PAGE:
AD121: Approaching presidential transition, Liberians supportive and critical of their democracy

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Graph: Trends in demand for and supply of democracy | Liberia | 2008-2015
Mina Okuru and Daniel Armah-Attoh

After a decade of relative stability that has included two presidential elections, Liberia is looking ahead to its first post-war electoral leadership transition when President Ellen Johnson Sirleaf’s second term ends in 2017.

Less than a generation removed from civil war, the country is still rebuilding governance and economic structures, and the upcoming elections – which are already drawing candidates from more than 20 political parties – promise to put that progress to the test.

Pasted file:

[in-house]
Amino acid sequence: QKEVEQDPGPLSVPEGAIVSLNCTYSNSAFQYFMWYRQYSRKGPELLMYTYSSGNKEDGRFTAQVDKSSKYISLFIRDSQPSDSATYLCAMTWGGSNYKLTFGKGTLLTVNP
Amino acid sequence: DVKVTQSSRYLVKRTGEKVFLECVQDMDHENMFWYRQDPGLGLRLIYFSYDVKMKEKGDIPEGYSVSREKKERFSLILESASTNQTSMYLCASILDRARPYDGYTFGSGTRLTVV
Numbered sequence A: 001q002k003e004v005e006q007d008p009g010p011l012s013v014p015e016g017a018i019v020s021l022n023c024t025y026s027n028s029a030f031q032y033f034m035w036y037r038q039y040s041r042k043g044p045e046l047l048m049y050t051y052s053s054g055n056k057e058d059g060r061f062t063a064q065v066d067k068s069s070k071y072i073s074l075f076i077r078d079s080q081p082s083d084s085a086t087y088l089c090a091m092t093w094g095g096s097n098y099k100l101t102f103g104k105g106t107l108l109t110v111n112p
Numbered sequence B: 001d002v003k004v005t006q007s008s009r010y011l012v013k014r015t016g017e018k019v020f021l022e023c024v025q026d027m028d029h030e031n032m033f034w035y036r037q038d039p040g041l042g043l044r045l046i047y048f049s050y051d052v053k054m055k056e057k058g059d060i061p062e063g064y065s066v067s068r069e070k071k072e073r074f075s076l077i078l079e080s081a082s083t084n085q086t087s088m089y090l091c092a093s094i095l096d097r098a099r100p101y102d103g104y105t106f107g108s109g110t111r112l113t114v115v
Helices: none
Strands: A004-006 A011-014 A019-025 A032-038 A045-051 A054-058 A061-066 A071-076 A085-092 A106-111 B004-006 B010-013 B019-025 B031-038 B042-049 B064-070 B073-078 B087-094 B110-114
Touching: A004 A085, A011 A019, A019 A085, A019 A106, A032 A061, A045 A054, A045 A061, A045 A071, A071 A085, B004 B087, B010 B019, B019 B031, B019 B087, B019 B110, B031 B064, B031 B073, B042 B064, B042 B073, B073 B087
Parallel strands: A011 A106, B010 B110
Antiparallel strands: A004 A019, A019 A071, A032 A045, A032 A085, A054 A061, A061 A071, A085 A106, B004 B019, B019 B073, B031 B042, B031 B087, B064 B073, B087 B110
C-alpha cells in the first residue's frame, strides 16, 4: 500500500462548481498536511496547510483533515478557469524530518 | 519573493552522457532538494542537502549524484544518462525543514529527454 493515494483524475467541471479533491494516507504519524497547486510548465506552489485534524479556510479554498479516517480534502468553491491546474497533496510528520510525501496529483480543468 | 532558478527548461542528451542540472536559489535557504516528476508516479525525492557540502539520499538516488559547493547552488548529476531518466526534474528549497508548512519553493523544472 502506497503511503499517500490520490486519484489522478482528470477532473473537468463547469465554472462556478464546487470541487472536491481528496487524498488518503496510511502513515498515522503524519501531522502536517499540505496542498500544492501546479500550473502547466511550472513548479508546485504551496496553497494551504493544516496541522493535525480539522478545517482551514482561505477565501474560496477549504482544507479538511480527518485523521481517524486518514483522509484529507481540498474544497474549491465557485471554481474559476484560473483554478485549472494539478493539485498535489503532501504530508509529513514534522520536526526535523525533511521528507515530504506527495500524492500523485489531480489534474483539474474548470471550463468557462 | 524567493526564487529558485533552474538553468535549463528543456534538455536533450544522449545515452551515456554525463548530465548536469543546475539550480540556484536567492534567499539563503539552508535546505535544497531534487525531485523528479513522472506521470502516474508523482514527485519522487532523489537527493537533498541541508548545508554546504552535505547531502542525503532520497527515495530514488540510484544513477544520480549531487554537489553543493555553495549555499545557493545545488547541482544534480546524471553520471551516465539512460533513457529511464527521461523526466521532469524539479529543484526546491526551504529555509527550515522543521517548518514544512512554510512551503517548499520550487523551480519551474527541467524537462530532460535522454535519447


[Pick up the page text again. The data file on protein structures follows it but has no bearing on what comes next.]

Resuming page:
Afrobarometer survey findings suggest that Liberians can build on public support for democracy and its components, including support for regular and fair elections and multiparty competition, although overall demand for democracy is relatively weak compared to other African countries. About four in 10 Liberians consider their country “not a democracy” or “a democracy with major problems,” and half are dissatisfied with the way democracy is working in Liberia.

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